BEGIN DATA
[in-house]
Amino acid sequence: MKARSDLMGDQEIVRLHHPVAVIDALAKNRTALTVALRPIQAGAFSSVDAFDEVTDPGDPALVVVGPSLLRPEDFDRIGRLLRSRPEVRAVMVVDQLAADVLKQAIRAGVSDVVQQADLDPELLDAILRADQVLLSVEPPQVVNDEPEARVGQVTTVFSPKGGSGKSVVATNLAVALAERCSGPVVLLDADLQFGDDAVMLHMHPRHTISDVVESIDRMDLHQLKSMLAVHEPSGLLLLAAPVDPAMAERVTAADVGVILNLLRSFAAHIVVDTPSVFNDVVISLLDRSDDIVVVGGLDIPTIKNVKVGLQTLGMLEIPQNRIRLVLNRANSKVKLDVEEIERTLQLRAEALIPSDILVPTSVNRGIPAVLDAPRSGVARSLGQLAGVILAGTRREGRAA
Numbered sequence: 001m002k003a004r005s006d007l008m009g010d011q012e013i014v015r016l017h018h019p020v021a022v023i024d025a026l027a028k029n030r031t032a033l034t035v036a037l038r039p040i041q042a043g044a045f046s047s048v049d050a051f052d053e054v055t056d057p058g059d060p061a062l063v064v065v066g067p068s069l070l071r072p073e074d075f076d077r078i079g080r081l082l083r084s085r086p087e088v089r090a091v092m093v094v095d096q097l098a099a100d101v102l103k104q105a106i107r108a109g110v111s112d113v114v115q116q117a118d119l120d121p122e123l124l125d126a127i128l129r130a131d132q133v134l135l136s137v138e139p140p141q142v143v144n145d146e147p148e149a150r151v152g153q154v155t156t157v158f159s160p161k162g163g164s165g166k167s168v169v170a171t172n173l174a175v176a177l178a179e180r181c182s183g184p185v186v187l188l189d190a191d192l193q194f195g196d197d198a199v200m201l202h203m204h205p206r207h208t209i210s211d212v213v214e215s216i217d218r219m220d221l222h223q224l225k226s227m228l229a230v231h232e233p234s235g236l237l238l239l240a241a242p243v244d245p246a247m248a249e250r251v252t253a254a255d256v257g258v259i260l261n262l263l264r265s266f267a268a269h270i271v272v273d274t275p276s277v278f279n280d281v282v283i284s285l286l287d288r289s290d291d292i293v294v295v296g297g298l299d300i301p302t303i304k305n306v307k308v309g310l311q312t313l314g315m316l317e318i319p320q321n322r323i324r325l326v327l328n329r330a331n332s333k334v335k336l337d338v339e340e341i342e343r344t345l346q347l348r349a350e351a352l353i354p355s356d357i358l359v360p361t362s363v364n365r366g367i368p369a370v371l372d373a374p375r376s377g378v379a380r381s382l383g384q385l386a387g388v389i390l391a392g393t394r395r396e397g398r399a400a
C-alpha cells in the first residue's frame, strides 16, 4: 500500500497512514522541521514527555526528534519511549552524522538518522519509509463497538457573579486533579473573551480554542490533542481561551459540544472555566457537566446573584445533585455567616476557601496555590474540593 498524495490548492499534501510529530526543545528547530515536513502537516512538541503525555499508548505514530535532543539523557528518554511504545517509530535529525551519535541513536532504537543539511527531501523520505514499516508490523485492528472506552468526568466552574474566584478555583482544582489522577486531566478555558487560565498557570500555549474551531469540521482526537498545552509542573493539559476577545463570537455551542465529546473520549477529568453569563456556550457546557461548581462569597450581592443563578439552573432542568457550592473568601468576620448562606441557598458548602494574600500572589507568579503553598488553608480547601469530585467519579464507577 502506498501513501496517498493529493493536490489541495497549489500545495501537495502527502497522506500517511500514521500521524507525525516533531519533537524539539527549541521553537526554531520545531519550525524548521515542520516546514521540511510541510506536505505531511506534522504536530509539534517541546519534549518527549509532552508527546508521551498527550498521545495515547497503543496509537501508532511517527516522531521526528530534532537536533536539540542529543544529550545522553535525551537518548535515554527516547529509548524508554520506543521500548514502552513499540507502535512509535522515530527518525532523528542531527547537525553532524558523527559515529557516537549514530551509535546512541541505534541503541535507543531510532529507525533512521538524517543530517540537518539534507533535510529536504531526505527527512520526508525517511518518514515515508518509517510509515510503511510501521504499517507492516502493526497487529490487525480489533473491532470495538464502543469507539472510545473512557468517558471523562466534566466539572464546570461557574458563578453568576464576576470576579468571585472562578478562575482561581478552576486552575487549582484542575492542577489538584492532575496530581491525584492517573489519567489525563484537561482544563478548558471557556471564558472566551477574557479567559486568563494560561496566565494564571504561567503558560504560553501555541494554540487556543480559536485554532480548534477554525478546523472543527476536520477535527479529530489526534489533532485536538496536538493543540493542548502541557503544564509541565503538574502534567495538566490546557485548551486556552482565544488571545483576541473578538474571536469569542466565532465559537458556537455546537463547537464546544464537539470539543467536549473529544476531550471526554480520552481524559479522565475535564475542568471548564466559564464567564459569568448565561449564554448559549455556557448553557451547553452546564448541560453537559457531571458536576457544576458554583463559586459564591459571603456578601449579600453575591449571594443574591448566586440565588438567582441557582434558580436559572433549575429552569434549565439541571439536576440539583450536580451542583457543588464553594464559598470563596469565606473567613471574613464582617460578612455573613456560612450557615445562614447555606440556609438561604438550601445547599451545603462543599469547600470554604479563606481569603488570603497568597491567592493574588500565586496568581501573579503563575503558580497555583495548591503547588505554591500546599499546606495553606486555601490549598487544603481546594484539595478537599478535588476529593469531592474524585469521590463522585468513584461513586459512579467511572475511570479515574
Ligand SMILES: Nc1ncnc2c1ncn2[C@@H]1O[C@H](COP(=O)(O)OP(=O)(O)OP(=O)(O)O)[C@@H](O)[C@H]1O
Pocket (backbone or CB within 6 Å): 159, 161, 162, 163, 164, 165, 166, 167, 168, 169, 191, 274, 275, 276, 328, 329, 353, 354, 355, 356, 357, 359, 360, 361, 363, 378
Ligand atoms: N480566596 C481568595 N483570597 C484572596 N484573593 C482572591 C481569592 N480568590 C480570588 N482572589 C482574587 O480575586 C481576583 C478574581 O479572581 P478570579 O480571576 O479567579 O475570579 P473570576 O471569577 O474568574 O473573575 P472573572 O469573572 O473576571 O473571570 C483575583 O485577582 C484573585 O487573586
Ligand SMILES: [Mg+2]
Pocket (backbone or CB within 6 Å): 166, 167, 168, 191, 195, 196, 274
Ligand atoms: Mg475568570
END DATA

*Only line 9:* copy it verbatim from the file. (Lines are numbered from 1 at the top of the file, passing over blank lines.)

Pocket (backbone or CB within 6 Å): 166, 167, 168, 191, 195, 196, 274